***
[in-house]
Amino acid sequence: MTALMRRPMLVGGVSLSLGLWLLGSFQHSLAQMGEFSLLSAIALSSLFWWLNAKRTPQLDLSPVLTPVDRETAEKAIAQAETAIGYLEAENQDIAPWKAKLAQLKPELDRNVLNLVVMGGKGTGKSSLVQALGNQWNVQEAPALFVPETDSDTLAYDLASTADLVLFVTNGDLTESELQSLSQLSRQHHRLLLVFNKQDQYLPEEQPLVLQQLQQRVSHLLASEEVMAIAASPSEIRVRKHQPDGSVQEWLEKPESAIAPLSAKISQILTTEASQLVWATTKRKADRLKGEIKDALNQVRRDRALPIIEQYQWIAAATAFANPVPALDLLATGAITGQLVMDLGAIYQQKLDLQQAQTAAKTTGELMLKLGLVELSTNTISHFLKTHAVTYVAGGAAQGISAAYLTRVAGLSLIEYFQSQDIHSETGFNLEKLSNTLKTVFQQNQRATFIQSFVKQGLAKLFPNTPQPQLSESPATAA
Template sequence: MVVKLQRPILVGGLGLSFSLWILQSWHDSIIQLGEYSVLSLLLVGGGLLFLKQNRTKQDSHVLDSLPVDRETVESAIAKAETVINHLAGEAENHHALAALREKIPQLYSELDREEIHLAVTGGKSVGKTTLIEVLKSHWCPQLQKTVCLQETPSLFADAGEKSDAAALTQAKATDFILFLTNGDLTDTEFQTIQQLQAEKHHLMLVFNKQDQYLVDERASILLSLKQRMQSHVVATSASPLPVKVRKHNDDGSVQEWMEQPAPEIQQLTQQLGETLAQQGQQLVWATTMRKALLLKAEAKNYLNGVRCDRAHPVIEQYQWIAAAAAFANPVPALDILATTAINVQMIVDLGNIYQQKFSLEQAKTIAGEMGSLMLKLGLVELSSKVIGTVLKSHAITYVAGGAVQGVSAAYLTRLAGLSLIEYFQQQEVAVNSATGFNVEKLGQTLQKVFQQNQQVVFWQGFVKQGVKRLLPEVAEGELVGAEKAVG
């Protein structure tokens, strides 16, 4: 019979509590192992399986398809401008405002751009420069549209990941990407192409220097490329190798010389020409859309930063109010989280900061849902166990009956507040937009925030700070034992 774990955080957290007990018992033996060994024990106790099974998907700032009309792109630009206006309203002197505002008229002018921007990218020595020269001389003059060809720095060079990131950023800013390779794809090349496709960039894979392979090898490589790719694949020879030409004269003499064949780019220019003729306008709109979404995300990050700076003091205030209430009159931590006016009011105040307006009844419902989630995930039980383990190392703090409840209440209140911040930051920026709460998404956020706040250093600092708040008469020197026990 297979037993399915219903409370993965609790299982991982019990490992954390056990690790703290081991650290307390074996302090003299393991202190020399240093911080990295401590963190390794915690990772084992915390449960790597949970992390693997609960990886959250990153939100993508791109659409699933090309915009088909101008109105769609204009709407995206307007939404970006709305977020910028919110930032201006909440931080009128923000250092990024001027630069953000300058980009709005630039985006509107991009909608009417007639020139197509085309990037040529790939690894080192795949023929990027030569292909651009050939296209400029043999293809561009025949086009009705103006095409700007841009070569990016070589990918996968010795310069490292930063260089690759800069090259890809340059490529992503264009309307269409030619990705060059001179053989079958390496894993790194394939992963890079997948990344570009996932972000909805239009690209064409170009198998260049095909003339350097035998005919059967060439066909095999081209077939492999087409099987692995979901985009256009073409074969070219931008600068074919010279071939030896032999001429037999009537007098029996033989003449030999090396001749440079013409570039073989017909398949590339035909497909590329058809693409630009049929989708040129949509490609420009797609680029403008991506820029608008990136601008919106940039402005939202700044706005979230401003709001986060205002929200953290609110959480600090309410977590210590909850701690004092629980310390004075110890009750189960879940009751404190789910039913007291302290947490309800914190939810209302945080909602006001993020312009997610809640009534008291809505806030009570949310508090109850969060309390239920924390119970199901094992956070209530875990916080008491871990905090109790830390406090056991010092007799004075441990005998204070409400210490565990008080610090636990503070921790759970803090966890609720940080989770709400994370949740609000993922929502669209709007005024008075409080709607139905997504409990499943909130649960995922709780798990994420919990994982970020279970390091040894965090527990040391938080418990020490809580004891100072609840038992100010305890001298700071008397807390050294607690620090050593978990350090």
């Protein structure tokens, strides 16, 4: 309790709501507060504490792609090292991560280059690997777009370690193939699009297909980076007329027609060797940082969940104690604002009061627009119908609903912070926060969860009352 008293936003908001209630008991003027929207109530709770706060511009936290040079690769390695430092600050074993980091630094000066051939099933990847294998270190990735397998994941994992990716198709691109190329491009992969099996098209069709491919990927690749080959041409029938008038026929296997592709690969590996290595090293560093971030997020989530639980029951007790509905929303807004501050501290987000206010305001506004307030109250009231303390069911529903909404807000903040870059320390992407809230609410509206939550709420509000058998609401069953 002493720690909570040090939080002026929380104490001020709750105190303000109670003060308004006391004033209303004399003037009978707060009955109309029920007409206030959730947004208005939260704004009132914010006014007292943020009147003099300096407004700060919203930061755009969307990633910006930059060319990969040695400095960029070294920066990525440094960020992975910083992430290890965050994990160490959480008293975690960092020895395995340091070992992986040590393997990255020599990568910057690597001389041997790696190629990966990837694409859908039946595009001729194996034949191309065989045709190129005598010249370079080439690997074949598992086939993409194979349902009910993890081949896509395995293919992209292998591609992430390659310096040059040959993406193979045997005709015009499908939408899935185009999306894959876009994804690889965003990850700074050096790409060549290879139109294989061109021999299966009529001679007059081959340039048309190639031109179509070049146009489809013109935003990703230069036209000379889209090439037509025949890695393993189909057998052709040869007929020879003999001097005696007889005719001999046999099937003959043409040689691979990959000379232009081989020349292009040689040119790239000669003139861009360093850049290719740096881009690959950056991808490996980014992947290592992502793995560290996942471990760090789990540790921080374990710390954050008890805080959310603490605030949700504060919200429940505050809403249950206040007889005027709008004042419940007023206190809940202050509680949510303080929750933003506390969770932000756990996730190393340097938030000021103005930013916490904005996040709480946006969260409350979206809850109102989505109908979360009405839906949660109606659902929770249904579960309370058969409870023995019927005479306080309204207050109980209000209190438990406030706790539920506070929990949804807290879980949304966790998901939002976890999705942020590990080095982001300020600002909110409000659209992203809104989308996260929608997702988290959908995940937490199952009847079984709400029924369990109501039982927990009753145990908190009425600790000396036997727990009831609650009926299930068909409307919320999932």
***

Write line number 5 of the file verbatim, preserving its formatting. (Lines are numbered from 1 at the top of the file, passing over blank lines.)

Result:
């Protein structure tokens, strides 16, 4: 309790709501507060504490792609090292991560280059690997777009370690193939699009297909980076007329027609060797940082969940104690604002009061627009119908609903912070926060969860009352 008293936003908001209630008991003027929207109530709770706060511009936290040079690769390695430092600050074993980091630094000066051939099933990847294998270190990735397998994941994992990716198709691109190329491009992969099996098209069709491919990927690749080959041409029938008038026929296997592709690969590996290595090293560093971030997020989530639980029951007790509905929303807004501050501290987000206010305001506004307030109250009231303390069911529903909404807000903040870059320390992407809230609410509206939550709420509000058998609401069953 002493720690909570040090939080002026929380104490001020709750105190303000109670003060308004006391004033209303004399003037009978707060009955109309029920007409206030959730947004208005939260704004009132914010006014007292943020009147003099300096407004700060919203930061755009969307990633910006930059060319990969040695400095960029070294920066990525440094960020992975910083992430290890965050994990160490959480008293975690960092020895395995340091070992992986040590393997990255020599990568910057690597001389041997790696190629990966990837694409859908039946595009001729194996034949191309065989045709190129005598010249370079080439690997074949598992086939993409194979349902009910993890081949896509395995293919992209292998591609992430390659310096040059040959993406193979045997005709015009499908939408899935185009999306894959876009994804690889965003990850700074050096790409060549290879139109294989061109021999299966009529001679007059081959340039048309190639031109179509070049146009489809013109935003990703230069036209000379889209090439037509025949890695393993189909057998052709040869007929020879003999001097005696007889005719001999046999099937003959043409040689691979990959000379232009081989020349292009040689040119790239000669003139861009360093850049290719740096881009690959950056991808490996980014992947290592992502793995560290996942471990760090789990540790921080374990710390954050008890805080959310603490605030949700504060919200429940505050809403249950206040007889005027709008004042419940007023206190809940202050509680949510303080929750933003506390969770932000756990996730190393340097938030000021103005930013916490904005996040709480946006969260409350979206809850109102989505109908979360009405839906949660109606659902929770249904579960309370058969409870023995019927005479306080309204207050109980209000209190438990406030706790539920506070929990949804807290879980949304966790998901939002976890999705942020590990080095982001300020600002909110409000659209992203809104989308996260929608997702988290959908995940937490199952009847079984709400029924369990109501039982927990009753145990908190009425600790000396036997727990009831609650009926299930068909409307919320999932």